The Securities and Exchange Commission (SEC) has intensified its regulatory scrutiny on Web3 gaming. In a June 5 lawsuit filed against Binance, the world’s largest cryptocurrency exchange, it identified three individual gaming and metaverse tokens that it believes to be securities. Axie Infinity (AXS), The Sandbox Game (SAND), and Decentraland (MANA) were among the tokens named.
The lawsuit accuses Binance of mismanagement of customer funds and deception towards regulators and investors about its operations. Several major tokens were also deemed potential securities, including SOL, MATIC, ADA, BNB, and BUSD.
Web3 gaming community leaders respond
The Web3 gaming community has reacted to these regulatory developments, sparking speculation about the implications they may have for the future of gaming.
Jonah Blake, a thought leader in Web3 gaming and a GP at Game Fund Partners, expressed his perspective on the SEC’s suggested classification of the three tokens in a tweet (shown below). According to Blake, the tokens in question consist of “two metaverse tokens and one game token.” However, he noted that the SEC does not appear to “discern the difference.” The two metaverse tokens he referred to are Decentraland (MANA) and The Sandbox (SAND), which are recognized as leading metaverse platforms within the Web3 ecosystem.
They will probably come down on many more. There are just the biggest players web3 gaming has had from a metaverse token perspective over the last few years.
— Brycent (@brycent_) June 5, 2023
Brycent, a popular Web3 gamer and community leader, responded to Blake’s tweet, signaling that this is likely just the beginning, suggesting that more tokens in the Web3 gaming space could potentially face similar scrutiny from the regulatory body.
“They will probably come down on many more. There are just the biggest players Web3 gaming has had from a metaverse token perspective over the last few years.”
In an interview with nft now, Blake says he can still see Web3 gaming grow without crypto tokens, as tradable NFTs have different offerings. He cited EA and Nike’s recent announcement as an example of this.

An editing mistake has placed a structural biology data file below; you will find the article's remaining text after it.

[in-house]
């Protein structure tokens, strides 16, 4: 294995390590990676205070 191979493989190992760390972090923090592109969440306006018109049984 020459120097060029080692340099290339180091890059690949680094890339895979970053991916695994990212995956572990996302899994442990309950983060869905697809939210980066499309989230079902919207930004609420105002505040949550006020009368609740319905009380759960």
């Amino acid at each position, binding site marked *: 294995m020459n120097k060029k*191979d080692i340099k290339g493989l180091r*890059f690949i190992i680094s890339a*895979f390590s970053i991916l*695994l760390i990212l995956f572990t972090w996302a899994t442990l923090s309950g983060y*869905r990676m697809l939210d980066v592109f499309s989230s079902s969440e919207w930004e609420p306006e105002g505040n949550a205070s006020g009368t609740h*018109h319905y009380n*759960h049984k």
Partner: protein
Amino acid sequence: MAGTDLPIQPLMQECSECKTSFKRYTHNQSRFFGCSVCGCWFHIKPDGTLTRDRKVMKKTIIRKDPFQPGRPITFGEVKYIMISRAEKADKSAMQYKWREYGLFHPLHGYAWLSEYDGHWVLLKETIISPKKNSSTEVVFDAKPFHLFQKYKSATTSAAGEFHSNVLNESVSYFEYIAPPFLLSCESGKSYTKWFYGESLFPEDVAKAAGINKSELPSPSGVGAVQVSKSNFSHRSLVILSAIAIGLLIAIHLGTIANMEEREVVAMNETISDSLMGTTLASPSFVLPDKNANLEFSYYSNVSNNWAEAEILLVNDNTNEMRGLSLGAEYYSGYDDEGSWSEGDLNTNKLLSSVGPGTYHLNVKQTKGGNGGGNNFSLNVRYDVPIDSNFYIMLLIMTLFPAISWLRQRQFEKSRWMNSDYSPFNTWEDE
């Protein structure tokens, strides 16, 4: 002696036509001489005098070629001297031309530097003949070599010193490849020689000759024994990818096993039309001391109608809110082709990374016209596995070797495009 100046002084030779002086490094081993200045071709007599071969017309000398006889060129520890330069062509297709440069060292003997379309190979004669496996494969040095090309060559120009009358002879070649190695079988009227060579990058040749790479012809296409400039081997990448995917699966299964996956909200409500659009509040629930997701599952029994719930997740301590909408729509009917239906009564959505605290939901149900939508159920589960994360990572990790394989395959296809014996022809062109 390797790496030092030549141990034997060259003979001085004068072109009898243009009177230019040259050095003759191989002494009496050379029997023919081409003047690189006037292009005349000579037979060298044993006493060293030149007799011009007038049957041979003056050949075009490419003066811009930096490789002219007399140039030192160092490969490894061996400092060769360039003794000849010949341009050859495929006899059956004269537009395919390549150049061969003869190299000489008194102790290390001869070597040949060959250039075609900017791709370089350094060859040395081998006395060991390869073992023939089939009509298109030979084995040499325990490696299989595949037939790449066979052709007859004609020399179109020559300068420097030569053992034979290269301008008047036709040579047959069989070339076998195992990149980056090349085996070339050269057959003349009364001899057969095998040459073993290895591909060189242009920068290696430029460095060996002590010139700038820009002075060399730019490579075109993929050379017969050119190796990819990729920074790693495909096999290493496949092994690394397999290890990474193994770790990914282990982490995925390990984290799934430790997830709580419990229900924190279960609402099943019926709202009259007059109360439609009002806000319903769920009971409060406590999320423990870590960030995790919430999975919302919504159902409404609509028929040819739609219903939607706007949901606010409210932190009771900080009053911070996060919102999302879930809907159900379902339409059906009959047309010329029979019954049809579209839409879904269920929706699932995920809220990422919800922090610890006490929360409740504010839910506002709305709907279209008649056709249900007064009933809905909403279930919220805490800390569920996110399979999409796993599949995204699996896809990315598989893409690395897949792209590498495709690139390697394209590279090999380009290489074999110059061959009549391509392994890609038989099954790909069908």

“Big businesses like EA and Nike are still moving ahead on digital assets, both operating as public companies. I don’t know how the U.S. will regulate gaming crypto tokens, but the world has already opened Pandora’s box. It’s hard to shut it down when other countries support it. I am in favor of proper regulations for gaming tokens where players and holders are protected. I do not know what that looks like yet.”
Brycent echoed a similar sentiment about the uncertain fate of other tokens.
“No one knows how the SEC will operate, but it will for sure stifle the growth of token models in the U.S. until more clarity is provided around what’s legal and what is not,” Brycent said in a statement to nft now. “So the games and tokens referenced are temporarily screwed from operating in the States until more legal remedies are created or provided.”
The outcome of the lawsuit, and the specific implications for the tokens and Binance, are yet to be determined. The SEC’s intensified regulatory scrutiny on Web3 gaming and its goal to classify these tokens as securities highlight the growing attention that regulatory bodies are paying to the intersection of cryptocurrencies, blockchain technology, and virtual worlds. In fact, just one day after charging Binance, the SEC set its sights on Coinbase, announcing that it was suing the exchange.
While these developments may potentially lead to further crackdowns on other gaming and metaverse-related tokens, the outcome is currently unknown. These developments also reflect the broader trend of regulators worldwide seeking to establish clear guidelines and oversight for the rapidly evolving crypto and gaming spaces.